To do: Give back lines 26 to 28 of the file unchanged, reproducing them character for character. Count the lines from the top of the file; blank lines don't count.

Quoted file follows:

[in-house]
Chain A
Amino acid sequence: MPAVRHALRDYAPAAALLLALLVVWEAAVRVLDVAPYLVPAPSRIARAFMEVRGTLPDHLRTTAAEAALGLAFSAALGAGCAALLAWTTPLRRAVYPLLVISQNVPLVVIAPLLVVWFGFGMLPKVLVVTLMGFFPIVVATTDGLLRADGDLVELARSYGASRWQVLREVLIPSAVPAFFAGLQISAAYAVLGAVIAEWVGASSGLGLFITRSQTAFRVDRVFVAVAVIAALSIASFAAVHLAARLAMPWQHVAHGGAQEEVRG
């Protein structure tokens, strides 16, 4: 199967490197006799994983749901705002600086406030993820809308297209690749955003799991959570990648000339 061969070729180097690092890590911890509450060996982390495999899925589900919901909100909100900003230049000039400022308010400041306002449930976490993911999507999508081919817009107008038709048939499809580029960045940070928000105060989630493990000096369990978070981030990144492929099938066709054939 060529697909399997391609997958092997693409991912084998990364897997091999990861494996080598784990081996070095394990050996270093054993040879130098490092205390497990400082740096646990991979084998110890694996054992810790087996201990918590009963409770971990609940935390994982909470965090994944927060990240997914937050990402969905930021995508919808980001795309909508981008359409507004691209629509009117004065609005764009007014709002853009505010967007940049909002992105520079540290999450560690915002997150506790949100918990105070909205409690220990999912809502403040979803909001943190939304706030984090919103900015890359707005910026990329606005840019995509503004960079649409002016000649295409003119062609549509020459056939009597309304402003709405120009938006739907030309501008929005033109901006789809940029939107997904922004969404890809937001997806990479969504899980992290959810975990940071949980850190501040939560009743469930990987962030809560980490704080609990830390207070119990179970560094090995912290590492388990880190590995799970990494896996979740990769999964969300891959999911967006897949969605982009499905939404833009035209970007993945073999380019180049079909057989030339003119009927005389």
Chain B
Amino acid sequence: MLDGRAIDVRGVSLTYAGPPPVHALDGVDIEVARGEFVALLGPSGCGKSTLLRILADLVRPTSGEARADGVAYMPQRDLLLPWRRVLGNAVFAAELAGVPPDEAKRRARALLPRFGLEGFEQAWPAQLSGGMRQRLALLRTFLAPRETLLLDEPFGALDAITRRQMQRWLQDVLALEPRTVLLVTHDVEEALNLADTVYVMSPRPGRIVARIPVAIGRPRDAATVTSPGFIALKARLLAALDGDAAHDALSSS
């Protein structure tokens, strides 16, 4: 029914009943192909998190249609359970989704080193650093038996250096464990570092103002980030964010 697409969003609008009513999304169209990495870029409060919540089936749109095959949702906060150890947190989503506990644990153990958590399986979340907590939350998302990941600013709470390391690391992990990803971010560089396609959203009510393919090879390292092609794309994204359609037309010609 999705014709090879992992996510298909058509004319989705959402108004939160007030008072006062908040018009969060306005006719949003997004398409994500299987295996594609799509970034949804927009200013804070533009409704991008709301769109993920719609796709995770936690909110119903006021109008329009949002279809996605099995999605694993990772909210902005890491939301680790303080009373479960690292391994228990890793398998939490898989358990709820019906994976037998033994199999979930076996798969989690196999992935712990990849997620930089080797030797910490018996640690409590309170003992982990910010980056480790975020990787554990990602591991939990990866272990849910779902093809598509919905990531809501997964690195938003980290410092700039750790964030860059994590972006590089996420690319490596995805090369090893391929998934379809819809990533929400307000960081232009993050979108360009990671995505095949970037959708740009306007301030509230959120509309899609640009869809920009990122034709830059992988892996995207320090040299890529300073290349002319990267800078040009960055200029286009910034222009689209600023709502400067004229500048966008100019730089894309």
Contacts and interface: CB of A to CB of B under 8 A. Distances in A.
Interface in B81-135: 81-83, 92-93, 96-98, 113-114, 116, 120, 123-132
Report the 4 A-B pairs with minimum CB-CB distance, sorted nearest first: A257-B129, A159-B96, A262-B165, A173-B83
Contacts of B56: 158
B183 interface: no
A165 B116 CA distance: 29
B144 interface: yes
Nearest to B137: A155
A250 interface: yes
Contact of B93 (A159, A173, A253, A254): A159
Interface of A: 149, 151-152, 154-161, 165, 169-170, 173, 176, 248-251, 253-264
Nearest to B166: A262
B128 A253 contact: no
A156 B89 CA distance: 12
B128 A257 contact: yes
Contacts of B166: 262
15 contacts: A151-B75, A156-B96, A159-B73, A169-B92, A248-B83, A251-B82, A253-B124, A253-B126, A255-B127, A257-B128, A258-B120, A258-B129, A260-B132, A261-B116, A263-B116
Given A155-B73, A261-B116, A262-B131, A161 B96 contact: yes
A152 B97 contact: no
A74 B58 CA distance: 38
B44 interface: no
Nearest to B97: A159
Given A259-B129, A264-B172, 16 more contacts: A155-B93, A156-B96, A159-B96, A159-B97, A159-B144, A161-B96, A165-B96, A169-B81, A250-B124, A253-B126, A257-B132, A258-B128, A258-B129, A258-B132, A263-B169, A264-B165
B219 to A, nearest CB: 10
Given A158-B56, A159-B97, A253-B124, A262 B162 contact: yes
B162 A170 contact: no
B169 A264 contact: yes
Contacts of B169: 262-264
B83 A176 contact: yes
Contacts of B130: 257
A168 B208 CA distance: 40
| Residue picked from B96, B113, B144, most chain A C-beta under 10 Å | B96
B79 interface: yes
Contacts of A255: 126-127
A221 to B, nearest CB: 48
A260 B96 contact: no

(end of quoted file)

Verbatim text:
A152 B97 contact: no
A74 B58 CA distance: 38
B44 interface: no